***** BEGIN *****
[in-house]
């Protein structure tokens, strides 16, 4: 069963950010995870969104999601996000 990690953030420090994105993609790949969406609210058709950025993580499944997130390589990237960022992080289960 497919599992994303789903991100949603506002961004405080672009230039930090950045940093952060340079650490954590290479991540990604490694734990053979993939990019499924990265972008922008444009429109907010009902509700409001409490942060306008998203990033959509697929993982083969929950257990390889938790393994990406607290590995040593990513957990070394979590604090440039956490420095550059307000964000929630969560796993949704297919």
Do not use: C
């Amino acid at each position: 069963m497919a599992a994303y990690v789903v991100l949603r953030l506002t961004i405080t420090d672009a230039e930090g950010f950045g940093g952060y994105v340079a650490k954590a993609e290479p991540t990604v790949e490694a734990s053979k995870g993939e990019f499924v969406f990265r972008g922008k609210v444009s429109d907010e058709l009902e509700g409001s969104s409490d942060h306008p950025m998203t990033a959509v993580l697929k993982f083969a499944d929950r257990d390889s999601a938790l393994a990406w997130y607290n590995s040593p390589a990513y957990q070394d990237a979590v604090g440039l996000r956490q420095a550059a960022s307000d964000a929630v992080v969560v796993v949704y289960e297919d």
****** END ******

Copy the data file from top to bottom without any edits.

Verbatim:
[in-house]
């Protein structure tokens, strides 16, 4: 069963950010995870969104999601996000 990690953030420090994105993609790949969406609210058709950025993580499944997130390589990237960022992080289960 497919599992994303789903991100949603506002961004405080672009230039930090950045940093952060340079650490954590290479991540990604490694734990053979993939990019499924990265972008922008444009429109907010009902509700409001409490942060306008998203990033959509697929993982083969929950257990390889938790393994990406607290590995040593990513957990070394979590604090440039956490420095550059307000964000929630969560796993949704297919």
Do not use: C
């Amino acid at each position: 069963m497919a599992a994303y990690v789903v991100l949603r953030l506002t961004i405080t420090d672009a230039e930090g950010f950045g940093g952060y994105v340079a650490k954590a993609e290479p991540t990604v790949e490694a734990s053979k995870g993939e990019f499924v969406f990265r972008g922008k609210v444009s429109d907010e058709l009902e509700g409001s969104s409490d942060h306008p950025m998203t990033a959509v993580l697929k993982f083969a499944d929950r257990d390889s999601a938790l393994a990406w997130y607290n590995s040593p390589a990513y957990q070394d990237a979590v604090g440039l996000r956490q420095a550059a960022s307000d964000a929630v992080v969560v796993v949704y289960e297919d």